Here is what Ms Somaly’s ex-husband, Pierre Legros, said, “She used the system and she was used by the system.”
And, “I’ve worked with lots of lots of organizations, and you are confronted with the same issue when you wanted money,. If you have no story, you don’t have money.” He went on, “I’m not surprised. What is surprising to me is that it took 10 years for people to discover it was a joke.”
A joke! Some joke. What’s the punch line:
(1) This entire episode, and others like it, helped pull the United States government into imperialistic behavior by making demands on other countries due, in part, to exaggerated and dishonest information.
(2) In 2012 alone $2,800,000 was raised by this woman for her organization, all money that might have been better spent elsewhere.
(3) The stories she told helped validate the exaggerations and deliberate falsehoods of many other bloggers and NGOs who needed to do their collective part to keep this issue in the news and bring in their donations.
My Bangkok Post, June 1st, has a letter-to-the-editor defending Ms Somaly’s good work, and she probably did a great job. The letter had the title “The Ends Justifies the Needs”. I disagree. Ms Somaly’s role in blowing this issue out of proper proportion and distorting American foreign policy say differently.
And another quote:
Taken from the NYT news article: Pierre Fallvier, who advised Somaly Mam’s anti-trafficking group, said the groups work illustrated aid organizations practice of using composite portraits of people they help in their zeal to raise fund. Quote, “People around me – all Khmer – were saying the stories Somaly told about herself and some of the girls were exaggerated.” he said.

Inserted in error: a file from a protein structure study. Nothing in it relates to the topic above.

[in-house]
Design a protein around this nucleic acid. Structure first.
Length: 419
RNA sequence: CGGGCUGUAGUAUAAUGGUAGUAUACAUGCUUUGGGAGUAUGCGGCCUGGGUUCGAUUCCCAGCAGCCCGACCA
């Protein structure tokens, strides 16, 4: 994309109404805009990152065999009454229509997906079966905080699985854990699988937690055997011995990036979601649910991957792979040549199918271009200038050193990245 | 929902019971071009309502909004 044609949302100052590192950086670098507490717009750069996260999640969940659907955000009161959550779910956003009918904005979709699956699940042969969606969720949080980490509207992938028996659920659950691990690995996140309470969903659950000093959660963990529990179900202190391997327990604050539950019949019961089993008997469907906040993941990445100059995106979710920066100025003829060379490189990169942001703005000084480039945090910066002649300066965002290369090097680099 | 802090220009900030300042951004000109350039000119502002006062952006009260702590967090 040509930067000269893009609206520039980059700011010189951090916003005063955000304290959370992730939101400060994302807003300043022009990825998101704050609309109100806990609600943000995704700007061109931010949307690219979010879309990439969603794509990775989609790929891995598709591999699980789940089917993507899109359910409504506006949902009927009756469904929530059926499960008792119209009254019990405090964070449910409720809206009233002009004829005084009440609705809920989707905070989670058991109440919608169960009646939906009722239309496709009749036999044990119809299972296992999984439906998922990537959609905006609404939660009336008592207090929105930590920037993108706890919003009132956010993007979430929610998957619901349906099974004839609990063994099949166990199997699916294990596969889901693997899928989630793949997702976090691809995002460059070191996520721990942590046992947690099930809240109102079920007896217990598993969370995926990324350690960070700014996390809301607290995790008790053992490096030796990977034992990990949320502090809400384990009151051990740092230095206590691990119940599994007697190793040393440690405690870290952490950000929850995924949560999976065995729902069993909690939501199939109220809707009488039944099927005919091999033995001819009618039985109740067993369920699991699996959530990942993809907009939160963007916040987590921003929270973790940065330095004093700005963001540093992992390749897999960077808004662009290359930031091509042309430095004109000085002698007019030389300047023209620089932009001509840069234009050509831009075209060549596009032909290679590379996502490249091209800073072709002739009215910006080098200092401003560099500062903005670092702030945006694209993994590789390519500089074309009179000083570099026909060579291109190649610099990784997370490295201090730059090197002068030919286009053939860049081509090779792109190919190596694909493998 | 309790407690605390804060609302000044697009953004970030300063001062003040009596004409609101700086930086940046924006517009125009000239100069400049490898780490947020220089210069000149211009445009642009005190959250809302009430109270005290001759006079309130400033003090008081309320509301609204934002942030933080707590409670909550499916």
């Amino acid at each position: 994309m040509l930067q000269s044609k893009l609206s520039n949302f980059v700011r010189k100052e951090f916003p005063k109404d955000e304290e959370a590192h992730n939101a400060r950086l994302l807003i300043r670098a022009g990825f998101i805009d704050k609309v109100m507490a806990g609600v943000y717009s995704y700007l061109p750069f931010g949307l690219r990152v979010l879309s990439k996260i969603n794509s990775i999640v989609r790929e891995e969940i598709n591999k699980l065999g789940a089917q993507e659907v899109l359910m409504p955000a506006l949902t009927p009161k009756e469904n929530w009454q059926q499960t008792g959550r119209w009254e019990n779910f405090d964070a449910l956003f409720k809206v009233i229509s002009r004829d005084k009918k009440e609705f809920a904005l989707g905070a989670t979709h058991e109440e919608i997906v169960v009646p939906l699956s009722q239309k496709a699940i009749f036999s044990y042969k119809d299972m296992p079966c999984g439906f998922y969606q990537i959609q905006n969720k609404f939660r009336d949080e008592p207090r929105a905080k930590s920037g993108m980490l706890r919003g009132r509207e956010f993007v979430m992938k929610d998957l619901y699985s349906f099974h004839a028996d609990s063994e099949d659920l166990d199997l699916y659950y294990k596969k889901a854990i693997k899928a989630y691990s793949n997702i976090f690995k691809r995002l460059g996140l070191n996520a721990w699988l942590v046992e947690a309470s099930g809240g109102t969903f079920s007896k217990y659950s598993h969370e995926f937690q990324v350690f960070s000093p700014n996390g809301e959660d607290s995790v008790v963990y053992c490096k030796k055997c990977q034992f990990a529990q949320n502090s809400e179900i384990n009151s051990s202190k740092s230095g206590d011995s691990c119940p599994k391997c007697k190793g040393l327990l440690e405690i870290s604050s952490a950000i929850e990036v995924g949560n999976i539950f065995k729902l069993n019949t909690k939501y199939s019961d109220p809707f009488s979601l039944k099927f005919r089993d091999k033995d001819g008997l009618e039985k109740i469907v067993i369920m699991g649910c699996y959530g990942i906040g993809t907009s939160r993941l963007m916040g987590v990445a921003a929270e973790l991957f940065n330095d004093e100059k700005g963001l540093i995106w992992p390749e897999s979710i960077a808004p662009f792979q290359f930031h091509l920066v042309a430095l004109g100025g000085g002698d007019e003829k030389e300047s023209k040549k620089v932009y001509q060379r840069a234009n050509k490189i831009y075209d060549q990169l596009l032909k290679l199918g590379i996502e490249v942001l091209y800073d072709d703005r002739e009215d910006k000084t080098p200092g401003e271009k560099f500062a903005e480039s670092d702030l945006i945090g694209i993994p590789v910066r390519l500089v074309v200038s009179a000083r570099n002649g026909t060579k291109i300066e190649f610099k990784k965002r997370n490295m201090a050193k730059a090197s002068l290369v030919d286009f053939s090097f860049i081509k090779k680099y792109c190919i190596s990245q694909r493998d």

A long list of people have used Somaly Mam’s extreme but false story to promote their version of the facts about trafficking. In this way the public has been taught a false, or at the least an unbalanced, understanding of this issue.
Secretary of State Hillary Clinton is by far the most egregious example. She was instrumental in furthering the State Department’s extreme Trafficking in Persons project which is seen by so many people around the world as imperialist behavior when the world’s wealthiest and most militant country demands juristic and cultural changes from most other countries in the world.
There is a long list of Hollywood and media celebrities who cashed in on on the chance to associate themselves with a proven winner, the cause of abused children. This website suggests strongly that the number of truly abused, as opposed to an industry largely made up of willing sex workers, is way out of balance with the truth and has even distorted American foreign policy.
Here are facilitators of this distortion:
President Obama, Secretary of State Hillary Clinton, Oprah Winfrey, Queen Sofia of Spain, Meg Ryan, Susan Sarandon, Sheryl Sandbreg of Google, and my personal favorite Nicholas Kristof.
Celebrity supporters 29
Somaly Mam Foundation claims having received support from the following celebrities: (Bill you’re breaking my heart, not you too!)